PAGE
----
- Alberta (5)
- Atlantic Canada (2)
- British Columbia (3)
- Manitoba (0)
- Ontario (39)
- Quebec (0)
- Saskatchewan (0)
- Territories (0)
- International (0)
- Alberta (18)
- British Columbia (6)
- Manitoba (2)
- New Brunswick (4)
- Newfoundland (0)
- Nova Scotia (3)
- Ontario (25)
- PEI (0)
- Quebec (3)
- Saskatchewan (2)
- Territories (0)
- International/Online (1)
Bursaries & Awards
Golden Hands Award Winner - Jan Lowcock - 2013
Jan Lowcock, this year’s Golden Hand Award recipient truly epitomizes the qualities of exceptional clinician, educator, and mentor that David Lamb stood for. She has demonstrated a tireless continued commitment to the Canadian physiotherapy profession and specifically the Orthopaedic Division throughout her career and continues at this today. Although Jan is retiring from both instructing and examining at the end of this year, I know she will stay involved.
"Jan was awarded the Gold Medal as she graduated with a BScPT at Queen’s University in 1979. She completed her Advanced Certificate in Manual and Manipulative Physiotherapy in 1986.
Jan can truly be described as a lifelong learner. In 2009 she returned to school, enrolling in the Masters of Clinical Science in Manip Therapy at UWO, graduating in 2010 with 3 publications under her belt. She continues to do research work for the Cochrane Group and is also involved with the IMPACT Hip studies in Vancouver. Jan has also been an Editorial Board member for the Journal of Manual and Manipulative Therapy since 2002 until this year.
Jan began teaching shortly after completing her manual therapy credentials, and quickly moved her way up the Level System teaching across Canada. She was also a Clinical Instructor for one of the UBC final year manual therapy courses for several years. She is an excellent instructor, taking complicated concepts and organizing them into the basic components to assist participants in grasping the required knowledge. She has always been a strong proponent of clinical reasoning and has developed this attribute in the many young physiotherapists that she has mentored over many years. In 2005, Jan received an Award of Excellence for Education from the Physiotherapy Association of BC. We have had a longstanding discussion about Jan being vertically challenged, but she has been able to assist many operators in methods to be effective manipulators despite their smaller stature.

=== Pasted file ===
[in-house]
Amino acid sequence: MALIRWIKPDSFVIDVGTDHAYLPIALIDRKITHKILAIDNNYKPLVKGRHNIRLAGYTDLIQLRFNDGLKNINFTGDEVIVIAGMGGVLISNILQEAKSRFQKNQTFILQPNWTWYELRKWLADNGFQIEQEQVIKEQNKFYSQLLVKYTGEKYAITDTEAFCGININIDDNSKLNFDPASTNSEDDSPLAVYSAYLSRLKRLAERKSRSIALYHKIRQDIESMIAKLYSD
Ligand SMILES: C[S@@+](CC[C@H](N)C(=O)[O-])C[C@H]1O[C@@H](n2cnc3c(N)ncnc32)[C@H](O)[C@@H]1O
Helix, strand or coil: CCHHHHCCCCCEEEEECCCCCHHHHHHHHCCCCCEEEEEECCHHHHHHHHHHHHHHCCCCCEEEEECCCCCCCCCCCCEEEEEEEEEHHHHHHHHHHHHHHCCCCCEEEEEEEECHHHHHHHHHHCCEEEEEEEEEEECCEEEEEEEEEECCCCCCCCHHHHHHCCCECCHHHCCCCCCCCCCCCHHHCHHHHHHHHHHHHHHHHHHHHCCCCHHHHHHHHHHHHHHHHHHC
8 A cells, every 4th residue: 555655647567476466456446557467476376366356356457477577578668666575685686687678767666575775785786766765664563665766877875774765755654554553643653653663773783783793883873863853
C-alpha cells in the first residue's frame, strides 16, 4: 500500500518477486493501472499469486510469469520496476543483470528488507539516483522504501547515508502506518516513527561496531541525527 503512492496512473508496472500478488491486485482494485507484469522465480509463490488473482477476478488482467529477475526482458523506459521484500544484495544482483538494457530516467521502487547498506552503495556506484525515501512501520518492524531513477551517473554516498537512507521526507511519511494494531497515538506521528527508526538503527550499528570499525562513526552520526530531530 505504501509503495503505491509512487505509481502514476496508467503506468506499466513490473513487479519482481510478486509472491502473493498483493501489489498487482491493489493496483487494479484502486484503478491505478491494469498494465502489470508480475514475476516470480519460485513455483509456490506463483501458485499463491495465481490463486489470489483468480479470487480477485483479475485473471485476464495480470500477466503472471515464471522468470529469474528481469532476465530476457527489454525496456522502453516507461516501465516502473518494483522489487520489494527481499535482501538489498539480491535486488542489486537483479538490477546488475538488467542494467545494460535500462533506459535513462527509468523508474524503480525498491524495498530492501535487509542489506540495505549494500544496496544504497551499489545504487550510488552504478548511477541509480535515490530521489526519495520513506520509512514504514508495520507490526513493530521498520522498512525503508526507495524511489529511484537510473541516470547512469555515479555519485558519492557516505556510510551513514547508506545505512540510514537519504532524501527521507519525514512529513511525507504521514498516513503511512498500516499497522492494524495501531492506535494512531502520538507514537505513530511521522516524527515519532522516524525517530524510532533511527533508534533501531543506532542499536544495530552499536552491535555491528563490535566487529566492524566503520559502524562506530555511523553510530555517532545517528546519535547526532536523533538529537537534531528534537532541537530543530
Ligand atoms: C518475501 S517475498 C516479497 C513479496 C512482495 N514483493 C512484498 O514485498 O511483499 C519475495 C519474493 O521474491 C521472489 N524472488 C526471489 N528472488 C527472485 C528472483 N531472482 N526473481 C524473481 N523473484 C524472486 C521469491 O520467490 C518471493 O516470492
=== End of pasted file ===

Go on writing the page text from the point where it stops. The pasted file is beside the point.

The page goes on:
Jan became an examiner for the Orthopaedic Division in 1995 and continues in this position currently. She was also a Chief Examiner for 14 years. As the Chair of the Chief Examiner’s Board for several years, Jan became known as the ‘wordsmith’. Whether it is preparing a written document, speaking to a large group, or summarizing the key elements of a long heated debate, Jan never ceased to amaze us in her ability to perform flawlessly. Whenever there was a politically sensitive document that needed to be written, the group would look to Jan as one of the most succinct and articulate writers that we know. Even though officially retired as a Chief Examiner, Jan continues to be asked to do the occasional edit to an important document when the rest of the group has exhausted their abilities! She takes on these projects willingly. She has just completed the onerous task of revising the Level 4/5 spinal manipulation manual.